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Animated Edition - Autumn-Winter 2018/19
So what has this got to do with dance?
DQDT Artistic Director and People Dancing board member, Dylan Quinn asks how can we choose between our artistic performance practice and developing dance opportunities for the community when both things are mutually dependable and interlinked? 

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Jenny Ecke and Dylan Quinn, Fulcrum. Photo: Sarah - Liberty Studios

I write this after having come out of an unusually hectic period in my life. I recently unintentionally initiated a campaign in Northern Ireland (NI) entitled #wedeservebetter. This grew from a short social media video into a national viral movement. The reason for the campaign? Well NI, where I live and operate from, has just surpassed Belgium as the longest running democracy without a functioning government in peace time. We are now more than 590 days without a legislative assembly. Our MLAs (Members of Legislative Assembly) continue to receive full pay, however; they have not been undertaking their full roles and responsibilities for over 18 months. Can you image that in Westminster, Cardiff or Edinburgh? So what has this got to do with dance? Well, for me personally, a huge amount.

I run a small dance company in the very west of NI, in the town of Enniskillen. A beautiful island town, nestled in the waters of Lough Erne. I have been running the company Dylan Quinn Dance Theatre (DQDT) since 2009 and for seven years prior to this, I worked freelance here. Since establishing DQDT, we have been fortunate to receive funding from the Arts Council of Northern Ireland (ACNI). This year, along with a wide range of other organisations across NI, our funding was significantly cut. However, we were not the worst off as a number of our contemporaries lost all of their funding.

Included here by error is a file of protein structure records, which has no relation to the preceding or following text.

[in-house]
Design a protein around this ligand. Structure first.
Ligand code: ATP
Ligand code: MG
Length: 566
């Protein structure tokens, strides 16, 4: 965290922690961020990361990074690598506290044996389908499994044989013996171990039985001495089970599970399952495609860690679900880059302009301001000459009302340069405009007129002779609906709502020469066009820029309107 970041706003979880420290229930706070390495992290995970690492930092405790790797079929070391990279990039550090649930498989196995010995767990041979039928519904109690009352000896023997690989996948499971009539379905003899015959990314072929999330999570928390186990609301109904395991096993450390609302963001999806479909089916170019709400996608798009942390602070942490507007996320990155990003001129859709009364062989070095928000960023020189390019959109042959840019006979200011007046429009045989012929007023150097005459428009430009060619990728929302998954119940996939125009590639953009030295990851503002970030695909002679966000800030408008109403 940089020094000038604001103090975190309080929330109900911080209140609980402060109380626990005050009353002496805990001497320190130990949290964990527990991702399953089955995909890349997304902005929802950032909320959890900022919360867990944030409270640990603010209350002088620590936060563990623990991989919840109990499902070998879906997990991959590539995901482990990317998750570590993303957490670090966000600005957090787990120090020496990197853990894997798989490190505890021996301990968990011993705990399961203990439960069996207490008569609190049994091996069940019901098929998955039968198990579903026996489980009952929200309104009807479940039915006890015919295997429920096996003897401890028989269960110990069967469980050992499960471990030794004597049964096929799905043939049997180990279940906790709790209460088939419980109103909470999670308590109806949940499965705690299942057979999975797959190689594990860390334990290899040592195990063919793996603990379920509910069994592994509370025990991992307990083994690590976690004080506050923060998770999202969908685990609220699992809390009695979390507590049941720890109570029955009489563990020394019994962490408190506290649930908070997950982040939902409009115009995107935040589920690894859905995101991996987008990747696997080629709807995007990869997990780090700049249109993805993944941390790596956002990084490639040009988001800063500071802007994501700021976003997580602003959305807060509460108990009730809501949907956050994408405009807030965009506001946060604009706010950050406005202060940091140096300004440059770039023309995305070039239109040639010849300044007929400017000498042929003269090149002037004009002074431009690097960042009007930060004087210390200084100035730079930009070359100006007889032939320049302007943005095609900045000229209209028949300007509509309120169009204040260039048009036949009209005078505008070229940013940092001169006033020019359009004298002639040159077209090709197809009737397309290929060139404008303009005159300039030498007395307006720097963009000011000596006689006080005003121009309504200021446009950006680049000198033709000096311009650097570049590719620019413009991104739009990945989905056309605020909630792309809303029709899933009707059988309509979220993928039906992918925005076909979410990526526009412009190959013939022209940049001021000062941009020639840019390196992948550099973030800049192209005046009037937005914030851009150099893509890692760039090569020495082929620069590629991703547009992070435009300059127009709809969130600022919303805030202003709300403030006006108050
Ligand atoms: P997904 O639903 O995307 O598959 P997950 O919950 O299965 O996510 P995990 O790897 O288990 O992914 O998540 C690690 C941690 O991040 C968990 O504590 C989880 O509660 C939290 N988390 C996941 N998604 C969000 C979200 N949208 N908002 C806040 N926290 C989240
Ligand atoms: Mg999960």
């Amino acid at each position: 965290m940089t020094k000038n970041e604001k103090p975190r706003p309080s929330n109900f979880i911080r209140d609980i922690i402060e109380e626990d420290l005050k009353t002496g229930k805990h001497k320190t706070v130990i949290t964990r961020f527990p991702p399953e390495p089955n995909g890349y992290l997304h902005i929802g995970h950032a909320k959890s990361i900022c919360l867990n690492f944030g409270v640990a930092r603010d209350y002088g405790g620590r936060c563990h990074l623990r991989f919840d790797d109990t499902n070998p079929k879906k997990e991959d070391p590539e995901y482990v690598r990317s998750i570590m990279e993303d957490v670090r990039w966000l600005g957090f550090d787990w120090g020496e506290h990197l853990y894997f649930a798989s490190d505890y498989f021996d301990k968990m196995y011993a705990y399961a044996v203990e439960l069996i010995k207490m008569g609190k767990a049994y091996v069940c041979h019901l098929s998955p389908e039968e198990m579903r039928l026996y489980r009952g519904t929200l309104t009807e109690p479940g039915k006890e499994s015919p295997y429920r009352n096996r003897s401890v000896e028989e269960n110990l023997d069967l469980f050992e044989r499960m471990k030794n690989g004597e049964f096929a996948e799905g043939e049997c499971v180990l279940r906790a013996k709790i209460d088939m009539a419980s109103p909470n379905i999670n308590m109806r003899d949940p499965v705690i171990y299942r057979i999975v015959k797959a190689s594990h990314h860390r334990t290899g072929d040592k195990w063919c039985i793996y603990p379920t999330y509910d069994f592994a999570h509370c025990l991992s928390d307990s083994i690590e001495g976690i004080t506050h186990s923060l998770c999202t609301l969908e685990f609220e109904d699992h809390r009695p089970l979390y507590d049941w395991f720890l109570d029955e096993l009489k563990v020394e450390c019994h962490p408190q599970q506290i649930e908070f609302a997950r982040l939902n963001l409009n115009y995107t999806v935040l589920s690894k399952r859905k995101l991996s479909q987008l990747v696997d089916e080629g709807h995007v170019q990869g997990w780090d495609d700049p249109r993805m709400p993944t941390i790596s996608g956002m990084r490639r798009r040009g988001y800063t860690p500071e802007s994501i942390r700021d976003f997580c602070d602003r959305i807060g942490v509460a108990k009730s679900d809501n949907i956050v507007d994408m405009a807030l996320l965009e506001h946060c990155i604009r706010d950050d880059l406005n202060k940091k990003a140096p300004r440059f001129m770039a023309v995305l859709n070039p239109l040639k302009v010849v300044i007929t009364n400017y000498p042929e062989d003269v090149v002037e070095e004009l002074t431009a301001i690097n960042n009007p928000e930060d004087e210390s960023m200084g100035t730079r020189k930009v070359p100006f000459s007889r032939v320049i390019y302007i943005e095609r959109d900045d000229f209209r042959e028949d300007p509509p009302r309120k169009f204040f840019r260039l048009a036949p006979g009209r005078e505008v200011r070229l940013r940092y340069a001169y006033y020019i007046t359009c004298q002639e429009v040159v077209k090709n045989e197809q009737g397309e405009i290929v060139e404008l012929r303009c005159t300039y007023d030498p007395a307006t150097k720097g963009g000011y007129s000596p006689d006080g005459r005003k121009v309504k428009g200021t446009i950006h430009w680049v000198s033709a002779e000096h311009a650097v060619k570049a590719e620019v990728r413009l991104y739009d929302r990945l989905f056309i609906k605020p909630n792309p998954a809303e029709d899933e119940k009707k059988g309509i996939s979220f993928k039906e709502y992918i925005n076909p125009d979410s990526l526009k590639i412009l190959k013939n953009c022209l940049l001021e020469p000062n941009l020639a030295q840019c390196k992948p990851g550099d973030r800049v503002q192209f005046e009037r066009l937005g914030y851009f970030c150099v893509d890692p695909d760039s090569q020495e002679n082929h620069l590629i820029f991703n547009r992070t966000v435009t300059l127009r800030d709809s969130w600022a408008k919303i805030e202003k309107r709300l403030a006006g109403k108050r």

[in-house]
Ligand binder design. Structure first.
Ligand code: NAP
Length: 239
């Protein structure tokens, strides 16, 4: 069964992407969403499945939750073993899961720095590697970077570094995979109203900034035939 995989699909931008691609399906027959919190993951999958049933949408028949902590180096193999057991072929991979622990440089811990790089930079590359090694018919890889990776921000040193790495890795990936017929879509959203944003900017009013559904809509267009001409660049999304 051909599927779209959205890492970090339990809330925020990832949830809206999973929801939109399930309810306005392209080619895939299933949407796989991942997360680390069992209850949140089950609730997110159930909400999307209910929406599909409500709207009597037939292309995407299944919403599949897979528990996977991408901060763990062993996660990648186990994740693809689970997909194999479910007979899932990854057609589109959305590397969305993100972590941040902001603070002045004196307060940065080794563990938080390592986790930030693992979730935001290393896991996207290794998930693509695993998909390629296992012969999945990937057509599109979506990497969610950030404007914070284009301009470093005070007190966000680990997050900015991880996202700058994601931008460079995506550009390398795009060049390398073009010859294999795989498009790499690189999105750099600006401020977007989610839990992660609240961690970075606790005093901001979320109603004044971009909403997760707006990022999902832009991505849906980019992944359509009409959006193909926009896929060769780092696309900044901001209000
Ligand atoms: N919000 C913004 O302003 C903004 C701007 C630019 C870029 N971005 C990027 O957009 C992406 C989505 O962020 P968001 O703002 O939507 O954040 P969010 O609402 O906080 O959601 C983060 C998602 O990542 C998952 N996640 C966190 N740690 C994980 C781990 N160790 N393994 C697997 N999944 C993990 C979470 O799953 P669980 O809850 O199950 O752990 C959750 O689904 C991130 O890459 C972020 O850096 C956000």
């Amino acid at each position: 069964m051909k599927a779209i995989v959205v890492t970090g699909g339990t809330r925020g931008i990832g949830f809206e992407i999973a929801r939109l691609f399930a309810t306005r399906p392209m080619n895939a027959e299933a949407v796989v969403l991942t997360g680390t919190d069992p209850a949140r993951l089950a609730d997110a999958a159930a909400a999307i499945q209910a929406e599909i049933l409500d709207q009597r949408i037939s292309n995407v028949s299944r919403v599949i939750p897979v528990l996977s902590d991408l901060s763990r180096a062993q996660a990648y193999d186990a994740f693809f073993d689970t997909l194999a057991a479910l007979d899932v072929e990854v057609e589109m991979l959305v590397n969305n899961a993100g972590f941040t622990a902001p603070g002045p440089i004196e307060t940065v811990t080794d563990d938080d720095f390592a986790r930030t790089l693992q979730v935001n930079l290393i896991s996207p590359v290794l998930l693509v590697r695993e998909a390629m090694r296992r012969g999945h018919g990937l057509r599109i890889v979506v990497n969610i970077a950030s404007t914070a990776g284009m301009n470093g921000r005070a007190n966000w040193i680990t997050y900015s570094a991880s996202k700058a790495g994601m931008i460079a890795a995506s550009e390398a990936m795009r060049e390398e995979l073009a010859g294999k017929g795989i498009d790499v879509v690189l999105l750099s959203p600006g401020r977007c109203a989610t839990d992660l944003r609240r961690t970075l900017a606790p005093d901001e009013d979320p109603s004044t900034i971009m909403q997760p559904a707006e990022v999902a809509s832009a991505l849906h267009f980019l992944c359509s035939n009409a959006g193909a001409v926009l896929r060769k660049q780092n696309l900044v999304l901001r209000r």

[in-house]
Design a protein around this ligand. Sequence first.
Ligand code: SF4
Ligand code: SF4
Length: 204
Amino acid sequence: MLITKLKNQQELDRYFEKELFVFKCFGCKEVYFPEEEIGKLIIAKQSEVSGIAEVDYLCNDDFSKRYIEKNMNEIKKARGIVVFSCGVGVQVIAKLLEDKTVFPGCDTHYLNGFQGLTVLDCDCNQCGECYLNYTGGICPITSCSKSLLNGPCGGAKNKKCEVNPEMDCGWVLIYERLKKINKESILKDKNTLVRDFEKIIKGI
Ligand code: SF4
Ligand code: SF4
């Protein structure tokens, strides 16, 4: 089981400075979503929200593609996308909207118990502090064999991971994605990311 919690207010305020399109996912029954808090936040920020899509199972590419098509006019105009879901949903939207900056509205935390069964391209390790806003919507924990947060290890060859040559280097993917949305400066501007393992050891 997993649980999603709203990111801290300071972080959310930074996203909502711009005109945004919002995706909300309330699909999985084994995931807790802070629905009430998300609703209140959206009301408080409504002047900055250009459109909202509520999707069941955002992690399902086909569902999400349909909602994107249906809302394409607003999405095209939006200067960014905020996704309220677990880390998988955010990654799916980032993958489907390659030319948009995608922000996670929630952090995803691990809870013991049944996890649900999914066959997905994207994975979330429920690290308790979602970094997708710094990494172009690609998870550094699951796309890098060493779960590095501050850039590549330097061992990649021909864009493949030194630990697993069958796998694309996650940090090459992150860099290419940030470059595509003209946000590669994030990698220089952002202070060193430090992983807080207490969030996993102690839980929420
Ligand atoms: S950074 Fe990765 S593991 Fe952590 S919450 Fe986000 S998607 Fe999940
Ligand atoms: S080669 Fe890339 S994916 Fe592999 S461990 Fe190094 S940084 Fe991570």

Not having a functioning government means that departments cannot agree budgets and therefore statutory bodies and public funding agencies are working on reduced budgets year on year. In fact, it’s not even that they, and by extension we, are operating on reducing budgets: the lack of government means we don’t actually know when the budgets will be agreed. For 2018/19 arts organisations across NI did not know if they were going to receive any funding until almost three weeks into the 2018/19 year. This situation is highly likely to be repeated for 2019/20.

It is clear that the pressure on public arts funders is huge. They have no direction from government and have the challenging task of trying to support an over-stretched and depleted arts sector. This creates great uncertainty and confusion. Managing this is very challenging and really demands that funders and the arts sector work together to try and provide security and sustainability. This I believe is best achieved by those holding the purse strings proactively opening up discussions and dialogue with the organisations and people at the frontline of arts development and delivery. This will help everyone understand the sectoral requirements and ensure they can work together in these difficult times to provide stability and guidance. However, in my experience this is not always the way things happen.